SAN JOSE, Calif. — Samsung has designed a mobile graphics processor that it claims in simulations delivers leading performance/watt. The GPU sports a novel architecture that could make it broadly useful from smartphones to supercomputers, according to an analyst briefed on the work.

“This is really a big deal — it’s the first new GPU design in 10 years,” said Jon Peddie, principal of Jon Peddie Research who broke news of the work in a blog on his website.

The news comes at a time of growing competition in graphics processors. Apple is working on a mobile GPU that could emerge in its next-generation iPhones. Meanwhile, Intel’s former CEO said earlier this year that the company aims to release in 2019 a discrete GPU presumably for PCs, a design believed to be led by Raja Korduri, former head of AMD’s graphics group who was hired by Intel late last year.

The Samsung GPU could “put it on par with Apple,” said Peddie. “The only question is where and when Samsung’s GPU will show up.”

“This design is so good, they could deploy it in every platform — it’s a function of their ambition. If I owned it, it would be in everything including cockpits and supercomputers.”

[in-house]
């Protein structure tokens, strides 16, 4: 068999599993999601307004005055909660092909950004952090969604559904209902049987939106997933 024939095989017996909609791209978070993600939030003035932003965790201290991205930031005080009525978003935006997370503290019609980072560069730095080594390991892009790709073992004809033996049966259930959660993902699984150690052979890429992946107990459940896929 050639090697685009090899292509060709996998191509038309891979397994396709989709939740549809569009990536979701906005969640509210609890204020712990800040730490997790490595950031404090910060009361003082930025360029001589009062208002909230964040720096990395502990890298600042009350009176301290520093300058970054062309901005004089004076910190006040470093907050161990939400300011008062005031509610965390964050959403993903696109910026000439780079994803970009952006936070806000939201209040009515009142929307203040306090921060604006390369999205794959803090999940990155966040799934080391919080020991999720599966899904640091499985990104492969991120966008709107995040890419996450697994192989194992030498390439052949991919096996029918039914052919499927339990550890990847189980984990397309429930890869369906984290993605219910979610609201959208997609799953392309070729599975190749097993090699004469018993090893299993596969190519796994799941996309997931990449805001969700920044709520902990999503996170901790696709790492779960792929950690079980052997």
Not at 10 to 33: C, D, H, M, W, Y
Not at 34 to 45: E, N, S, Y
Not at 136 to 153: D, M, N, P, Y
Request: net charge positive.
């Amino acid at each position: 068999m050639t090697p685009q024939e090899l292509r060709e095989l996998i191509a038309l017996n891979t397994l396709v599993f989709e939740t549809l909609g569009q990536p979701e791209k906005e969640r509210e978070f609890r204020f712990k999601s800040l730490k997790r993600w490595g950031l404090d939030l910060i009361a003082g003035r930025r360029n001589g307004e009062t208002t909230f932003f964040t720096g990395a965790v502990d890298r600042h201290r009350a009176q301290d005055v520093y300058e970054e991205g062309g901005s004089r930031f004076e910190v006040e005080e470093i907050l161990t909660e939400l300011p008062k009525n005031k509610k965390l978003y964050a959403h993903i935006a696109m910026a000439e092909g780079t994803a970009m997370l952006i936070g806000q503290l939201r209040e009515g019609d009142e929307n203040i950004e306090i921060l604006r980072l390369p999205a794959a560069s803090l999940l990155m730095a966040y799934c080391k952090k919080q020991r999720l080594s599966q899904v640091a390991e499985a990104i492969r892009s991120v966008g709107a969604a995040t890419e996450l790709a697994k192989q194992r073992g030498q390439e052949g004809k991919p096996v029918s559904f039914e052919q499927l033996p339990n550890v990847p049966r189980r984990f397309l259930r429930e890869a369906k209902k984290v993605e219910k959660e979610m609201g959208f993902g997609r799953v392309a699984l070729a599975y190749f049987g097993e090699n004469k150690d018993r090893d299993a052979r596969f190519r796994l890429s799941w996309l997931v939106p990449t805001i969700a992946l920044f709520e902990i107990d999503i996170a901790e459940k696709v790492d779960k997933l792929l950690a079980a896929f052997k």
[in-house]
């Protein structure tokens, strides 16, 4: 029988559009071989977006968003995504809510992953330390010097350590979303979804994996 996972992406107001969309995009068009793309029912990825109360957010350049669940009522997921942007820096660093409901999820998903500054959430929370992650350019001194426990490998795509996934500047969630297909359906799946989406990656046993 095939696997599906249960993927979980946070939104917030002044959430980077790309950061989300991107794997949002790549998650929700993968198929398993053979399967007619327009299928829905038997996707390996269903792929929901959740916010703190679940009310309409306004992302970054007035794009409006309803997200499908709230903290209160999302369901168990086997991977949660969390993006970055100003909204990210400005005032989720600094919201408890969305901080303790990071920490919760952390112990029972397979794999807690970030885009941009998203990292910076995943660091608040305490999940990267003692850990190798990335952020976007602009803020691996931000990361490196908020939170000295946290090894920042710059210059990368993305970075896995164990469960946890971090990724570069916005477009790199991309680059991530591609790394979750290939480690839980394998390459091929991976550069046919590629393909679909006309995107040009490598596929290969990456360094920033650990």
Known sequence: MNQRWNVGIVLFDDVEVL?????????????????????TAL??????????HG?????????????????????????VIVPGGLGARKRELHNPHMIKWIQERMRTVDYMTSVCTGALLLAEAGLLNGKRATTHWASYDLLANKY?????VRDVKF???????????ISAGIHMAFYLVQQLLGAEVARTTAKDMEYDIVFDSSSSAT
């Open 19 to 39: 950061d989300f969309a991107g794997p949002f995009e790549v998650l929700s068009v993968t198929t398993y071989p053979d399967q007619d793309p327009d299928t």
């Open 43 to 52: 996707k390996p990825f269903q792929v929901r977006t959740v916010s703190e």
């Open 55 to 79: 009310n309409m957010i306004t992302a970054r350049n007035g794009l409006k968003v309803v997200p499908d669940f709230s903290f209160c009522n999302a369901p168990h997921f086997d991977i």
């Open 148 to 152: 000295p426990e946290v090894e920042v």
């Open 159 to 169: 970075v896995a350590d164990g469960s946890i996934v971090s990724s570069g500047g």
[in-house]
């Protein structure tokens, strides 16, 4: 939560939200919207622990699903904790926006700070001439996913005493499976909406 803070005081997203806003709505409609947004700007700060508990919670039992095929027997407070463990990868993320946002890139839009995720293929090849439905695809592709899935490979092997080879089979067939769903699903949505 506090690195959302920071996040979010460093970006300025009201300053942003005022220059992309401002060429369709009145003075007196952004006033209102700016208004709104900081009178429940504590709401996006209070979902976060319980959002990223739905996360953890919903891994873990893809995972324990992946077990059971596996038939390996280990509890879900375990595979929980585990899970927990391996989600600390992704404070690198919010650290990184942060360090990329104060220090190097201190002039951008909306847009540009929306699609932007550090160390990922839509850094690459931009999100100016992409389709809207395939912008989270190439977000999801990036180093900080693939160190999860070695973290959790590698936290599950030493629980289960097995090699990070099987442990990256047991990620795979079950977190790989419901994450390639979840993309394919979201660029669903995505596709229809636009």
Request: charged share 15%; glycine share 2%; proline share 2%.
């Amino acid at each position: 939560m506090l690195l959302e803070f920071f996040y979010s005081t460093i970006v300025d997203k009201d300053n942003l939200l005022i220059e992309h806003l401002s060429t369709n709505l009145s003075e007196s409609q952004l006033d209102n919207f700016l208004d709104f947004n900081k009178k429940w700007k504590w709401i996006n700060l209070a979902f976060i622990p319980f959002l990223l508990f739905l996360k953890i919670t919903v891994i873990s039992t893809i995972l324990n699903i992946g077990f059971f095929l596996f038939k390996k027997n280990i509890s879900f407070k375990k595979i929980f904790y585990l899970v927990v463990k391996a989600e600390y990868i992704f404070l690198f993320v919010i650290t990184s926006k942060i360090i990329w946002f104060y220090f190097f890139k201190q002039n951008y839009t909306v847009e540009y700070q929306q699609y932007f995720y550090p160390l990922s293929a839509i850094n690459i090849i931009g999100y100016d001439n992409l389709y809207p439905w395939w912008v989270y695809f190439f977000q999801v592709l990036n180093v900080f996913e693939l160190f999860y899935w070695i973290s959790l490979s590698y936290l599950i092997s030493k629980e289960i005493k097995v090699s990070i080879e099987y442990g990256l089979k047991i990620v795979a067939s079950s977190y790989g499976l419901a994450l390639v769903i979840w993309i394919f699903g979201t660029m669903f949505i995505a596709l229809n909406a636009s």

The design believed to be taped out is expected to first appear in a Samsung Exynos smartphone processor. The company has not decided whether it will license the technology.

To hit a new level of performance/watt, the architecture bundles multiple instructions into a group that can be executed in a single cycle. However, it does not use the sorts of VLIW techniques that have fallen out of fashion because they generate other processing overheads.

The design is being led by Chien-Ping Lu, a graphics veteran who started his career at Nvidia designing an integrated graphics chip for PCs. Later, Mediatek hired him to design a mobile GPU. Peddie said that the Mediatek design was competitive, but the company decided to continue to use licensed cores from Arm and Imagination Technologies.

After Mediatek, Lu spent less than a year at Intel before leaving for AI startup NovuMind. He left the startup less than a year ago to join Samsung, which has been quietly working on graphics designs for many years.

The GPU work comes to light at a time of fierce competition between Samsung and Apple. Samsung maintained its leading market share in smartphones last year, selling more than 317 million handsets, according to International Data Corp. However, Apple led in the fourth quarter and shipped more than 215 million smartphones in the year overall, it said.

If Samsung is aggressive in using and licensing its technology, it would be especially disruptive for Qualcomm, the leading provider of mobile processors. Samsung currently makes Qualcomm’s leading-edge Snapdragon and 5G baseband processors.

— Rick Merritt, Silicon Valley Bureau Chief, EE Times